in sickness and in health

Just another traveler on life’s highway, hanging out in the slow lane.  It’s quiet.  It’s peaceful.  Beyond the horizon rest is calling my name.  Green pastures, still waters, my cup overflows.

orange tree

Everybody raise their hand who has been sick in 2018.  Yes, I’m talking about those days when the influenza in your home town finally catches up to you.   You have taken precautions, you have avoided crowded rooms, you meticulously wiped down your grocery cart’s handle with a sanitizing wipe, but one morning you wake up and there it is.

Feeling green, sniffling, headache, fever, running to the bathroom every 10 minutes.  It’s not something which I love enough to enjoy , but when I realize I will be sick for a few days, I relish the thoughts of having an excuse to be all about me, me, me.

“Oh, sweetheart, please fetch my slippers.  Can you bring the newspaper over to me?  I’m so cold, would you find my favorite blanket.”

I line up a full day of watching TV because I’m sick.  I hang out in my jammies all day because I’m sick.  I cancel all activity outside my own little crisis because I’m sick.  I become a grouch with the excuse that I’m sick.  I yell at the dog because I’m sick.  I’m sick, sick, sick, and the world needs to tend to my needs.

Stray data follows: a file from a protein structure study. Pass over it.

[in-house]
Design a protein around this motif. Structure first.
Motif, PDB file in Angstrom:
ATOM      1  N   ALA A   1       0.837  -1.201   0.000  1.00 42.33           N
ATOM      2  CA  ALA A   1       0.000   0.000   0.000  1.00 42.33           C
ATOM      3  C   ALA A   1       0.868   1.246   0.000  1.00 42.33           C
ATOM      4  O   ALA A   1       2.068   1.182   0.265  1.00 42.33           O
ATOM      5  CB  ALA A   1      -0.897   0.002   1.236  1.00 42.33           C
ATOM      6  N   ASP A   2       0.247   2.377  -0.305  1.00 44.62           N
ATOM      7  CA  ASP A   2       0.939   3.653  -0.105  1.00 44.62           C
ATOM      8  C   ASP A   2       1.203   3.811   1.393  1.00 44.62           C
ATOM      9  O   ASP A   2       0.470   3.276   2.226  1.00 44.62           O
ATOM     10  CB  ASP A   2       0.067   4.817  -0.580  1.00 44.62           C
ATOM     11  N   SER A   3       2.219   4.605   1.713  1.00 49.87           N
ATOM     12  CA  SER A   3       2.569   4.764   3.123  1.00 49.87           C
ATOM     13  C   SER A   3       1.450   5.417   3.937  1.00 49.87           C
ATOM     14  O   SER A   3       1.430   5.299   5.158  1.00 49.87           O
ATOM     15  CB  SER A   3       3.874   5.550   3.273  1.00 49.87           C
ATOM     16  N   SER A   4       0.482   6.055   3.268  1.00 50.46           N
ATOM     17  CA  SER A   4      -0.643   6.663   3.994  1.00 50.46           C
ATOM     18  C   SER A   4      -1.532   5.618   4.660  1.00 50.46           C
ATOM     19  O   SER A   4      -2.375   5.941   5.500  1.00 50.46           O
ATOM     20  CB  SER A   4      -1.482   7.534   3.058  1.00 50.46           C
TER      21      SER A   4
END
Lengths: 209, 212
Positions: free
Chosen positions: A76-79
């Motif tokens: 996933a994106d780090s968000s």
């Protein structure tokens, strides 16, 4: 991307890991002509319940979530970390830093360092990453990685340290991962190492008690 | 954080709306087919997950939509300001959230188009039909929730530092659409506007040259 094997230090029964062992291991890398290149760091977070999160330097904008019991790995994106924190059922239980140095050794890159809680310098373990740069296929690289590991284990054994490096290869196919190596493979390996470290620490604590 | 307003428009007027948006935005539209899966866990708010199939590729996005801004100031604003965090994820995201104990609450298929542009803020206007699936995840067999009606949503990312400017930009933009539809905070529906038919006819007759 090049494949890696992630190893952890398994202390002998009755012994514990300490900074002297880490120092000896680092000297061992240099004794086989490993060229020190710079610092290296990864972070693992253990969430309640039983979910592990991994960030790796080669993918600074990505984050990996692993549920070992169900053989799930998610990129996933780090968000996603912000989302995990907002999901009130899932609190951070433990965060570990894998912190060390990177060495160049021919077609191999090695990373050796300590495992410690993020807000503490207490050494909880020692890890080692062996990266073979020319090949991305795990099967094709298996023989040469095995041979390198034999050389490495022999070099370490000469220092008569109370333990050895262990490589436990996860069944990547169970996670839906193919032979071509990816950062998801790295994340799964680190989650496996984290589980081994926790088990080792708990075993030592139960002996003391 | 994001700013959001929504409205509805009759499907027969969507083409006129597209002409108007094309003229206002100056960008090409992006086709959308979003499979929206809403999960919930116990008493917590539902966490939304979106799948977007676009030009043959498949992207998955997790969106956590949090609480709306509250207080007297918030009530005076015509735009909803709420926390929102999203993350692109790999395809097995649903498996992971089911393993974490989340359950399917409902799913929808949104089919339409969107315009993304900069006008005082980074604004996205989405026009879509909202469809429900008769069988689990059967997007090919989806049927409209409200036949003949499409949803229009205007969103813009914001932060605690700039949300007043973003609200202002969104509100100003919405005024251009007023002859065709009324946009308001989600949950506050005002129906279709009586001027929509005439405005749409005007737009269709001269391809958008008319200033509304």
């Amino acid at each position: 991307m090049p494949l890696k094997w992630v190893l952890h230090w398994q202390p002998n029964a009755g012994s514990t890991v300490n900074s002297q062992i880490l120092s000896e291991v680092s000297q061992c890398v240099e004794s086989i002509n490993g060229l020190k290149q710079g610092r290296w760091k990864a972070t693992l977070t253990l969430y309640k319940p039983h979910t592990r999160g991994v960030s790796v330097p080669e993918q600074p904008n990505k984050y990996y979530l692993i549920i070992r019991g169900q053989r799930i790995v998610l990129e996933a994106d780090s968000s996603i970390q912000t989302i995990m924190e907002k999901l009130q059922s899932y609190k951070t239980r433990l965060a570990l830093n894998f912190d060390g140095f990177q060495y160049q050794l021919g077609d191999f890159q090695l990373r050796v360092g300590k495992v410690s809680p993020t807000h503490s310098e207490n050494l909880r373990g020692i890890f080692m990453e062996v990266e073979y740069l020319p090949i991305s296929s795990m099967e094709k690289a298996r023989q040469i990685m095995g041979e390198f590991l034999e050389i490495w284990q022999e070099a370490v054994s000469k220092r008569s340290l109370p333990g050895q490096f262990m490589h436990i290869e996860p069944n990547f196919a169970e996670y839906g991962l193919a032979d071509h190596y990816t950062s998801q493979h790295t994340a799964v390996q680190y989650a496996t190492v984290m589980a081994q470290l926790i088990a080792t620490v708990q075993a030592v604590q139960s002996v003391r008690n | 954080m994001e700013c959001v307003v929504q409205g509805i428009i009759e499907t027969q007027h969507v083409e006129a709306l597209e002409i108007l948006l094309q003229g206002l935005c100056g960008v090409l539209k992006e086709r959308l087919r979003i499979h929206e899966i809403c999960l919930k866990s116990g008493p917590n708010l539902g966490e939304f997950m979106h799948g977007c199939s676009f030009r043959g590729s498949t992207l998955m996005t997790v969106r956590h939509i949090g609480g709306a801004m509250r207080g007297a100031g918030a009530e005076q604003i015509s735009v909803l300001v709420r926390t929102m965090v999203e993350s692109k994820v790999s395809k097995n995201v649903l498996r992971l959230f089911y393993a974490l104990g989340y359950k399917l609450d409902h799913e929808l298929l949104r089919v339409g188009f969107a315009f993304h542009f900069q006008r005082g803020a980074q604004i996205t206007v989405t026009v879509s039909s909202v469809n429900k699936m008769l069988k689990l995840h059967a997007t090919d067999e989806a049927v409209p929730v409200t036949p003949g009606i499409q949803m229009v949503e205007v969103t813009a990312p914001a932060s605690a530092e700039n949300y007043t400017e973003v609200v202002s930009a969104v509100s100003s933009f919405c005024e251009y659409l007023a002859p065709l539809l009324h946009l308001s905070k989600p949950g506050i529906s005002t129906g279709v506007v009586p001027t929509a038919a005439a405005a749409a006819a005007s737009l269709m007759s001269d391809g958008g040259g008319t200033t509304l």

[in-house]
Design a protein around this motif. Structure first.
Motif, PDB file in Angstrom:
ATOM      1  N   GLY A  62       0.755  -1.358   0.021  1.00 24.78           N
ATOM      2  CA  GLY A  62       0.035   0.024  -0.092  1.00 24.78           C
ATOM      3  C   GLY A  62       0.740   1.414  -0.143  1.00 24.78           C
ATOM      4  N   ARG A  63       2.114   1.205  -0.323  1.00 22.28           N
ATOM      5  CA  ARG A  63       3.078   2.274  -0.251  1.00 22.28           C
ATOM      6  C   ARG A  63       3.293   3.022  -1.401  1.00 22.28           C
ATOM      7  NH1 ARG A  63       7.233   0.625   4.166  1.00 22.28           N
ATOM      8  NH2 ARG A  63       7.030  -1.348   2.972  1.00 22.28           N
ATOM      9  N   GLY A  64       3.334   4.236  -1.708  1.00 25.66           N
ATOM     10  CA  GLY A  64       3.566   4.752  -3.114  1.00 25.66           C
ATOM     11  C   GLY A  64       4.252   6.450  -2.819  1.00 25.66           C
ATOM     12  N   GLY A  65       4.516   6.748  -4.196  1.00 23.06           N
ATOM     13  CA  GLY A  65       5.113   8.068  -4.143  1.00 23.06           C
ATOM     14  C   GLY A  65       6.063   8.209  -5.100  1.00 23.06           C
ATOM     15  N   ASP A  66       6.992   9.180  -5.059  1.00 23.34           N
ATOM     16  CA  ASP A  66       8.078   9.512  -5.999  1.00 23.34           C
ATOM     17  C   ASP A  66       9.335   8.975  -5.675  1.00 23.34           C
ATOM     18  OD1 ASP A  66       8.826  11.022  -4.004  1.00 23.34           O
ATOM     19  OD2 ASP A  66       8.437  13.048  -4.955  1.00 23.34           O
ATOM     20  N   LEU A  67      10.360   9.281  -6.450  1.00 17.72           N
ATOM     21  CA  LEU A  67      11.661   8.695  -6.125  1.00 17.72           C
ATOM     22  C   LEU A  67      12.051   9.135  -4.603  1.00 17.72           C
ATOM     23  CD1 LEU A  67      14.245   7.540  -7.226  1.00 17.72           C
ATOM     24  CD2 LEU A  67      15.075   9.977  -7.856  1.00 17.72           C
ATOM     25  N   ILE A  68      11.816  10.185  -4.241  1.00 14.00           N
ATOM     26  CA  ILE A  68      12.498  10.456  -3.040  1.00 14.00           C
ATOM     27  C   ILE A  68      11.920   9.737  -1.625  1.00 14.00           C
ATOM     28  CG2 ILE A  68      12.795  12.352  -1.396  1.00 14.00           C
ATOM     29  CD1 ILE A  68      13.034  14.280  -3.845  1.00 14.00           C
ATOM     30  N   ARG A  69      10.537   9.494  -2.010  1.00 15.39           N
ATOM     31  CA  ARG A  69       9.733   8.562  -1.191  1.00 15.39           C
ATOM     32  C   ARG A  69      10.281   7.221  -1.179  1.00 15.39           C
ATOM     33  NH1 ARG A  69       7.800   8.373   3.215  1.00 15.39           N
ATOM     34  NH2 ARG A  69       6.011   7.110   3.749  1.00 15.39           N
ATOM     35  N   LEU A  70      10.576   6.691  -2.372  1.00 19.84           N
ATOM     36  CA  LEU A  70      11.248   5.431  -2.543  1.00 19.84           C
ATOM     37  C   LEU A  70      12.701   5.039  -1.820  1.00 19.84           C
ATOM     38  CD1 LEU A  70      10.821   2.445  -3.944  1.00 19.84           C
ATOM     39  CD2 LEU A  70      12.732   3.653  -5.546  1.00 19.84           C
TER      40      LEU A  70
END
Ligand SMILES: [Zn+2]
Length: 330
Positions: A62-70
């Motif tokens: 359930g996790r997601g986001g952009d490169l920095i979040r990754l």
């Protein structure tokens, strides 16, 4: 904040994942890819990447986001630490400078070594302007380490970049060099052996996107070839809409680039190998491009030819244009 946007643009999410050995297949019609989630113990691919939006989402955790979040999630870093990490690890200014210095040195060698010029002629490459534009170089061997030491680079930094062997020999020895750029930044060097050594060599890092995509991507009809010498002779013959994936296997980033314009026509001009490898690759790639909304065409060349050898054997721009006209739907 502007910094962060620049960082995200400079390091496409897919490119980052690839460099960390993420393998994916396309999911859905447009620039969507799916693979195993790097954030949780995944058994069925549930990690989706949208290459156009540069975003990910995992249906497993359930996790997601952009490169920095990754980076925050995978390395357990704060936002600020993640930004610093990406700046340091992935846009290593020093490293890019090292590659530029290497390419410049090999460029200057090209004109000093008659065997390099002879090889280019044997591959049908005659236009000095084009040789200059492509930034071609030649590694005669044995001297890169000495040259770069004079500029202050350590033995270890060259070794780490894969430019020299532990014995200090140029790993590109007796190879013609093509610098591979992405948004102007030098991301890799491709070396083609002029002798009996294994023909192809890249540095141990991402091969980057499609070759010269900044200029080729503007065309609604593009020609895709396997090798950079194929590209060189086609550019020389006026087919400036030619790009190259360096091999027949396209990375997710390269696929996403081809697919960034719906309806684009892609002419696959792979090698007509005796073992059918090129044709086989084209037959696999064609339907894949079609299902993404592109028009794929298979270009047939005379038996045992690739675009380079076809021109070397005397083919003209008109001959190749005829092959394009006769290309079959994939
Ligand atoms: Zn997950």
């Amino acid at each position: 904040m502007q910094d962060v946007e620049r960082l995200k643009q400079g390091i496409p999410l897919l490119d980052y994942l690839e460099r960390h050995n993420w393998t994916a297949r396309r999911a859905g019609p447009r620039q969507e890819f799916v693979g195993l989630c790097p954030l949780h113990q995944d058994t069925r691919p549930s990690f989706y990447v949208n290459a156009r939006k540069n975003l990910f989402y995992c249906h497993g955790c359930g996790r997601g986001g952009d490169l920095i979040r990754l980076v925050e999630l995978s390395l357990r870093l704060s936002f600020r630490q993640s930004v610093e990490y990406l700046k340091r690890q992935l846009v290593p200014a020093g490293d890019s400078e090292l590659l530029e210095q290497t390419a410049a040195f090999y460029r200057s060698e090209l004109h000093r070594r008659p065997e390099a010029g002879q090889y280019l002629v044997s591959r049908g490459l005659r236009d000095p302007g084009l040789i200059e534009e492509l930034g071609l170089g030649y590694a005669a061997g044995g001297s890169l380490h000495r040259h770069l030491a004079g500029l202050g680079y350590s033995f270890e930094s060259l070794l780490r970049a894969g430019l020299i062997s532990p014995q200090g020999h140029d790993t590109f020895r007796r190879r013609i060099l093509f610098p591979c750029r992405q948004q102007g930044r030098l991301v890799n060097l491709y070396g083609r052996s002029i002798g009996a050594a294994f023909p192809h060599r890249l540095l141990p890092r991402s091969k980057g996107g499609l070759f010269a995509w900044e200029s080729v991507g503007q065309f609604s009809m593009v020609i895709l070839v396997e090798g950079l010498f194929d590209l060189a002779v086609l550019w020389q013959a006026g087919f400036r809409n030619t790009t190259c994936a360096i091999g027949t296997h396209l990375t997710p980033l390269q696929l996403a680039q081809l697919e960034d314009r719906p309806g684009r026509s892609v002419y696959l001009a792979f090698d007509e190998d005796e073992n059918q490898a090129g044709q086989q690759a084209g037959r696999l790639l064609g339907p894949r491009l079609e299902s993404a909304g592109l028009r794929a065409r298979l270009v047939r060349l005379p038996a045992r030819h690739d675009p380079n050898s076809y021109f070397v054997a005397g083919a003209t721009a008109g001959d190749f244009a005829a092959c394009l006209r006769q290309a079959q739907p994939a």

That’s me when I get sick.  I’m sure none of you are like that.  When I don’t feel well I sometimes forget that I’m a Jesus freak.  I forget that there are people in the world who are starving and homeless.  I forget there are some who are also sick with the latest round of influenza and have no bed in which to snuggle, no fuzzy blanket with which to cover themselves, no chicken broth to warm their insides.  For them being sick with flu is sometimes a matter of life and death and it intensifies the misery that normally fills their lives.